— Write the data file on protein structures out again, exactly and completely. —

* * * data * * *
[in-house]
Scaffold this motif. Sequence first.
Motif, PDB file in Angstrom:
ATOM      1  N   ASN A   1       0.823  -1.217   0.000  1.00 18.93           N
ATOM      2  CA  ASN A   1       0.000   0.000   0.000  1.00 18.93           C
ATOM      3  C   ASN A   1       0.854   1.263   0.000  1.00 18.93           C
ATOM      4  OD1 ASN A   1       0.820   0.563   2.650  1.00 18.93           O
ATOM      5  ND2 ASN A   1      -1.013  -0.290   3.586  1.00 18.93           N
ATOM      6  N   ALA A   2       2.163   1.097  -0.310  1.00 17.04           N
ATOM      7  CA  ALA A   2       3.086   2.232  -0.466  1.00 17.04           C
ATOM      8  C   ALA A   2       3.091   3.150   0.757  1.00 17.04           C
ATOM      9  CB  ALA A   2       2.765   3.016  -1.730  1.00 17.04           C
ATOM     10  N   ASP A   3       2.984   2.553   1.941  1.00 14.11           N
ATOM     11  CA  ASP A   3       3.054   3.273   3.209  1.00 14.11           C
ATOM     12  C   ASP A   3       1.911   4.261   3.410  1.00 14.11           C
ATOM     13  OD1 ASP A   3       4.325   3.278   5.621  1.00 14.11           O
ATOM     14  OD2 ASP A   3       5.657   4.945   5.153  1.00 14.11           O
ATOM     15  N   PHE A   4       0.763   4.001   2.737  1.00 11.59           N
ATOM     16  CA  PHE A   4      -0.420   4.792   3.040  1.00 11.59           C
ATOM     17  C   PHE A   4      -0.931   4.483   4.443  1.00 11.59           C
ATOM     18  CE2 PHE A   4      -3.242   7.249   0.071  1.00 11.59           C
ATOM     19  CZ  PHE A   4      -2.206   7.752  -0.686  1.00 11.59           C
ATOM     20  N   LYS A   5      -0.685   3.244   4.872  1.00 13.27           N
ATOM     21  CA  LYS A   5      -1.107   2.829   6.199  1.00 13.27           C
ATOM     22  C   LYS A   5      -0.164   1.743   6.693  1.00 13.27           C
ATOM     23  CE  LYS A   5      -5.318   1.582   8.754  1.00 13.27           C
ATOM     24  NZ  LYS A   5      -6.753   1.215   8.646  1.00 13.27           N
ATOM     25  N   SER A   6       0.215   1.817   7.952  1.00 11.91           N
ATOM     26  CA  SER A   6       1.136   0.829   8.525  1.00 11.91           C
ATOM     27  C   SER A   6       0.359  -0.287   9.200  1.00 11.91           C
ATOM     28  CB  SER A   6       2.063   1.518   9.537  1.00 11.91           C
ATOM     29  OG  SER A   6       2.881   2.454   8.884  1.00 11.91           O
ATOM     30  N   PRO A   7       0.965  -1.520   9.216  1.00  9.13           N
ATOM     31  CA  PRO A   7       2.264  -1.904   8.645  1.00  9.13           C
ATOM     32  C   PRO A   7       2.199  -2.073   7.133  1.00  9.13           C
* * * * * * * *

[in-house]
Scaffold this motif. Sequence first.
Motif, PDB file in Angstrom:
ATOM      1  N   ASN A   1       0.823  -1.217   0.000  1.00 18.93           N
ATOM      2  CA  ASN A   1       0.000   0.000   0.000  1.00 18.93           C
ATOM      3  C   ASN A   1       0.854   1.263   0.000  1.00 18.93           C
ATOM      4  OD1 ASN A   1       0.820   0.563   2.650  1.00 18.93           O
ATOM      5  ND2 ASN A   1      -1.013  -0.290   3.586  1.00 18.93           N
ATOM      6  N   ALA A   2       2.163   1.097  -0.310  1.00 17.04           N
ATOM      7  CA  ALA A   2       3.086   2.232  -0.466  1.00 17.04           C
ATOM      8  C   ALA A   2       3.091   3.150   0.757  1.00 17.04           C
ATOM      9  CB  ALA A   2       2.765   3.016  -1.730  1.00 17.04           C
ATOM     10  N   ASP A   3       2.984   2.553   1.941  1.00 14.11           N
ATOM     11  CA  ASP A   3       3.054   3.273   3.209  1.00 14.11           C
ATOM     12  C   ASP A   3       1.911   4.261   3.410  1.00 14.11           C
ATOM     13  OD1 ASP A   3       4.325   3.278   5.621  1.00 14.11           O
ATOM     14  OD2 ASP A   3       5.657   4.945   5.153  1.00 14.11           O
ATOM     15  N   PHE A   4       0.763   4.001   2.737  1.00 11.59           N
ATOM     16  CA  PHE A   4      -0.420   4.792   3.040  1.00 11.59           C
ATOM     17  C   PHE A   4      -0.931   4.483   4.443  1.00 11.59           C
ATOM     18  CE2 PHE A   4      -3.242   7.249   0.071  1.00 11.59           C
ATOM     19  CZ  PHE A   4      -2.206   7.752  -0.686  1.00 11.59           C
ATOM     20  N   LYS A   5      -0.685   3.244   4.872  1.00 13.27           N
ATOM     21  CA  LYS A   5      -1.107   2.829   6.199  1.00 13.27           C
ATOM     22  C   LYS A   5      -0.164   1.743   6.693  1.00 13.27           C
ATOM     23  CE  LYS A   5      -5.318   1.582   8.754  1.00 13.27           C
ATOM     24  NZ  LYS A   5      -6.753   1.215   8.646  1.00 13.27           N
ATOM     25  N   SER A   6       0.215   1.817   7.952  1.00 11.91           N
ATOM     26  CA  SER A   6       1.136   0.829   8.525  1.00 11.91           C
ATOM     27  C   SER A   6       0.359  -0.287   9.200  1.00 11.91           C
ATOM     28  CB  SER A   6       2.063   1.518   9.537  1.00 11.91           C
ATOM     29  OG  SER A   6       2.881   2.454   8.884  1.00 11.91           O
ATOM     30  N   PRO A   7       0.965  -1.520   9.216  1.00  9.13           N
ATOM     31  CA  PRO A   7       2.264  -1.904   8.645  1.00  9.13           C
ATOM     32  C   PRO A   7       2.199  -2.073   7.133  1.00  9.13           C